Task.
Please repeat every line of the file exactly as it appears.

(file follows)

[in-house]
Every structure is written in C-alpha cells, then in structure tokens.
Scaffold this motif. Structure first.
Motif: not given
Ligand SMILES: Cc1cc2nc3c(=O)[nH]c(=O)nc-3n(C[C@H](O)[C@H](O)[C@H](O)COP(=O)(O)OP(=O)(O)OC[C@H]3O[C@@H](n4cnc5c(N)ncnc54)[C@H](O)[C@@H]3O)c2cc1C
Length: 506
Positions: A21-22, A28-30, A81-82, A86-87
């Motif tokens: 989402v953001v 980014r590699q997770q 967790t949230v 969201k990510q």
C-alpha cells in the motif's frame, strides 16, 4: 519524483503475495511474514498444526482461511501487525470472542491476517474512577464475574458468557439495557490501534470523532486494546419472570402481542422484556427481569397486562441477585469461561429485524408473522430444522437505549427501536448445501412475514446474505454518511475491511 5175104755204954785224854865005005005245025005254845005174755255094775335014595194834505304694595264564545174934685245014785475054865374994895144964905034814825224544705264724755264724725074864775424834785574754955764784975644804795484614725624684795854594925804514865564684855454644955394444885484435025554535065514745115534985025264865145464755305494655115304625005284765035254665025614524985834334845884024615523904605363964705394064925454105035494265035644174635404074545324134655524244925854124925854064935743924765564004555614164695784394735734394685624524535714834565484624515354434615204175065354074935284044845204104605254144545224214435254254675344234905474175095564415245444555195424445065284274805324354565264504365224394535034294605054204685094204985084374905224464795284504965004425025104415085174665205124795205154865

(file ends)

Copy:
[in-house]
Every structure is written in C-alpha cells, then in structure tokens.
Scaffold this motif. Structure first.
Motif: not given
Ligand SMILES: Cc1cc2nc3c(=O)[nH]c(=O)nc-3n(C[C@H](O)[C@H](O)[C@H](O)COP(=O)(O)OP(=O)(O)OC[C@H]3O[C@@H](n4cnc5c(N)ncnc54)[C@H](O)[C@@H]3O)c2cc1C
Length: 506
Positions: A21-22, A28-30, A81-82, A86-87
């Motif tokens: 989402v953001v 980014r590699q997770q 967790t949230v 969201k990510q």
C-alpha cells in the motif's frame, strides 16, 4: 519524483503475495511474514498444526482461511501487525470472542491476517474512577464475574458468557439495557490501534470523532486494546419472570402481542422484556427481569397486562441477585469461561429485524408473522430444522437505549427501536448445501412475514446474505454518511475491511 5175104755204954785224854865005005005245025005254845005174755255094775335014595194834505304694595264564545174934685245014785475054865374994895144964905034814825224544705264724755264724725074864775424834785574754955764784975644804795484614725624684795854594925804514865564684855454644955394444885484435025554535065514745115534985025264865145464755305494655115304625005284765035254665025614524985834334845884024615523904605363964705394064925454105035494265035644174635404074545324134655524244925854124925854064935743924765564004555614164695784394735734394685624524535714834565484624515354434615204175065354074935284044845204104605254144545224214435254254675344234905474175095564415245444555195424445065284274805324354565264504365224394535034294605054204685094204985084374905224464795284504965004425025104415085174665205124795205154865